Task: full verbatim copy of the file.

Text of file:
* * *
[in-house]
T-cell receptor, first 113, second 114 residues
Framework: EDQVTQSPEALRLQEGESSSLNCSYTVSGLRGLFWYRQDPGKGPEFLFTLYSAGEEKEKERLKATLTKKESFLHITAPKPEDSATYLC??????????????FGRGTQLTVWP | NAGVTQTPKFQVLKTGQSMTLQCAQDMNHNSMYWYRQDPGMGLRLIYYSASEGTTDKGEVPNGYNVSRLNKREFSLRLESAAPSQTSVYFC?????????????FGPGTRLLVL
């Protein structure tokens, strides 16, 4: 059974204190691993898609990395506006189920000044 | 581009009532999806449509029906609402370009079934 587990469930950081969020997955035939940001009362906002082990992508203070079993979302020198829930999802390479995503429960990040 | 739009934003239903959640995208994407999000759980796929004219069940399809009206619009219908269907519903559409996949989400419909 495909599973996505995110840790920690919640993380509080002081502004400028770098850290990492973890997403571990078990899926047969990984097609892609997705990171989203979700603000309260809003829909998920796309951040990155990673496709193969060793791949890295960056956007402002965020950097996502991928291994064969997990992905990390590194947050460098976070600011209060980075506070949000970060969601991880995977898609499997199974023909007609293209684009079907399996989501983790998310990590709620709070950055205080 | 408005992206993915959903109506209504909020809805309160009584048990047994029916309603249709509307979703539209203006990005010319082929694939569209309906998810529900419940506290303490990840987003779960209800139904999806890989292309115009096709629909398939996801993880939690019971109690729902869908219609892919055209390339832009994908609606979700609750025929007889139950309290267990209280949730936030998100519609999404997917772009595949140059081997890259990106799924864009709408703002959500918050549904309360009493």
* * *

[in-house]
T-cell receptor, first 113, second 114 residues
Framework: EDQVTQSPEALRLQEGESSSLNCSYTVSGLRGLFWYRQDPGKGPEFLFTLYSAGEEKEKERLKATLTKKESFLHITAPKPEDSATYLC??????????????FGRGTQLTVWP | NAGVTQTPKFQVLKTGQSMTLQCAQDMNHNSMYWYRQDPGMGLRLIYYSASEGTTDKGEVPNGYNVSRLNKREFSLRLESAAPSQTSVYFC?????????????FGPGTRLLVL
């Protein structure tokens, strides 16, 4: 059974204190691993898609990395506006189920000044 | 581009009532999806449509029906609402370009079934 587990469930950081969020997955035939940001009362906002082990992508203070079993979302020198829930999802390479995503429960990040 | 739009934003239903959640995208994407999000759980796929004219069940399809009206619009219908269907519903559409996949989400419909 495909599973996505995110840790920690919640993380509080002081502004400028770098850290990492973890997403571990078990899926047969990984097609892609997705990171989203979700603000309260809003829909998920796309951040990155990673496709193969060793791949890295960056956007402002965020950097996502991928291994064969997990992905990390590194947050460098976070600011209060980075506070949000970060969601991880995977898609499997199974023909007609293209684009079907399996989501983790998310990590709620709070950055205080 | 408005992206993915959903109506209504909020809805309160009584048990047994029916309603249709509307979703539209203006990005010319082929694939569209309906998810529900419940506290303490990840987003779960209800139904999806890989292309115009096709629909398939996801993880939690019971109690729902869908219609892919055209390339832009994908609606979700609750025929007889139950309290267990209280949730936030998100519609999404997917772009595949140059081997890259990106799924864009709408703002959500918050549904309360009493």